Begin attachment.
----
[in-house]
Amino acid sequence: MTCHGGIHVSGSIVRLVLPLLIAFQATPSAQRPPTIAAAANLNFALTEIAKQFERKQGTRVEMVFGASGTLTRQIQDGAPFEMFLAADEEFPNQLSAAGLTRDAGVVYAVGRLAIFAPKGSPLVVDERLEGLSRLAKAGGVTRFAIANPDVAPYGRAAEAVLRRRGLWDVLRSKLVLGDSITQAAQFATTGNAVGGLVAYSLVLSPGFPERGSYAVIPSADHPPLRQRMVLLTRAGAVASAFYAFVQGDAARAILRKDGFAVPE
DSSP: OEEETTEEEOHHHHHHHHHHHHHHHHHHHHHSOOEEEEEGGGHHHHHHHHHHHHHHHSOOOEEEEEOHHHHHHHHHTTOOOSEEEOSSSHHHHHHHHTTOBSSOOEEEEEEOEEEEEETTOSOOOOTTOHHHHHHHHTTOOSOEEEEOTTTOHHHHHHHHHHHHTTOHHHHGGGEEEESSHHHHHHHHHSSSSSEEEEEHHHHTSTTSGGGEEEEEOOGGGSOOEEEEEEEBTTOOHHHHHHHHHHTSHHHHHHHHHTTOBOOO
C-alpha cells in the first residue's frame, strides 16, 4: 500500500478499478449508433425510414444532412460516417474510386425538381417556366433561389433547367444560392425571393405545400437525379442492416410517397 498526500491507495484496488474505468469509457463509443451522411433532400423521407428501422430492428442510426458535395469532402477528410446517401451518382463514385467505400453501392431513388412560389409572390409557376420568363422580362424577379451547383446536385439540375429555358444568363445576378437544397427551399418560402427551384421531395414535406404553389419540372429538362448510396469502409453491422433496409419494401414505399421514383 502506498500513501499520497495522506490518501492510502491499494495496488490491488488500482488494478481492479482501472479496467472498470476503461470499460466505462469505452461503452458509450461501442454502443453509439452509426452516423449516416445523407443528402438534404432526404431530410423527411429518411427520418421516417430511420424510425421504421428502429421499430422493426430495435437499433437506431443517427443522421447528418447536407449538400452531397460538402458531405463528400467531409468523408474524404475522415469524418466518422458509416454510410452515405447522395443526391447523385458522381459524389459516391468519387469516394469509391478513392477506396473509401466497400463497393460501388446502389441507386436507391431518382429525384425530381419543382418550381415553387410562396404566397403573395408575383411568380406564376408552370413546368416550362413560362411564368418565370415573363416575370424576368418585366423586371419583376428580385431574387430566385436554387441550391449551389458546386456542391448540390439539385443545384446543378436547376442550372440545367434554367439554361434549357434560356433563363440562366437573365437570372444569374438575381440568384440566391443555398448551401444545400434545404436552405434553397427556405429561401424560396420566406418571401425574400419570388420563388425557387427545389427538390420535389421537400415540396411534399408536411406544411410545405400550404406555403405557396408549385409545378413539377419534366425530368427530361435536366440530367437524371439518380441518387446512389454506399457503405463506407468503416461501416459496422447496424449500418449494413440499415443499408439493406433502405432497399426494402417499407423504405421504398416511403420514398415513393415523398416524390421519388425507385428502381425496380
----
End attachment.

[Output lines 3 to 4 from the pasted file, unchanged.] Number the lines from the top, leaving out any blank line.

DSSP: OEEETTEEEOHHHHHHHHHHHHHHHHHHHHHSOOEEEEEGGGHHHHHHHHHHHHHHHSOOOEEEEEOHHHHHHHHHTTOOOSEEEOSSSHHHHHHHHTTOBSSOOEEEEEEOEEEEEETTOSOOOOTTOHHHHHHHHTTOOSOEEEEOTTTOHHHHHHHHHHHHTTOHHHHGGGEEEESSHHHHHHHHHSSSSSEEEEEHHHHTSTTSGGGEEEEEOOGGGSOOEEEEEEEBTTOOHHHHHHHHHHTSHHHHHHHHHTTOBOOO
C-alpha cells in the first residue's frame, strides 16, 4: 500500500478499478449508433425510414444532412460516417474510386425538381417556366433561389433547367444560392425571393405545400437525379442492416410517397 498526500491507495484496488474505468469509457463509443451522411433532400423521407428501422430492428442510426458535395469532402477528410446517401451518382463514385467505400453501392431513388412560389409572390409557376420568363422580362424577379451547383446536385439540375429555358444568363445576378437544397427551399418560402427551384421531395414535406404553389419540372429538362448510396469502409453491422433496409419494401414505399421514383 502506498500513501499520497495522506490518501492510502491499494495496488490491488488500482488494478481492479482501472479496467472498470476503461470499460466505462469505452461503452458509450461501442454502443453509439452509426452516423449516416445523407443528402438534404432526404431530410423527411429518411427520418421516417430511420424510425421504421428502429421499430422493426430495435437499433437506431443517427443522421447528418447536407449538400452531397460538402458531405463528400467531409468523408474524404475522415469524418466518422458509416454510410452515405447522395443526391447523385458522381459524389459516391468519387469516394469509391478513392477506396473509401466497400463497393460501388446502389441507386436507391431518382429525384425530381419543382418550381415553387410562396404566397403573395408575383411568380406564376408552370413546368416550362413560362411564368418565370415573363416575370424576368418585366423586371419583376428580385431574387430566385436554387441550391449551389458546386456542391448540390439539385443545384446543378436547376442550372440545367434554367439554361434549357434560356433563363440562366437573365437570372444569374438575381440568384440566391443555398448551401444545400434545404436552405434553397427556405429561401424560396420566406418571401425574400419570388420563388425557387427545389427538390420535389421537400415540396411534399408536411406544411410545405400550404406555403405557396408549385409545378413539377419534366425530368427530361435536366440530367437524371439518380441518387446512389454506399457503405463506407468503416461501416459496422447496424449500418449494413440499415443499408439493406433502405432497399426494402417499407423504405421504398416511403420514398415513393415523398416524390421519388425507385428502381425496380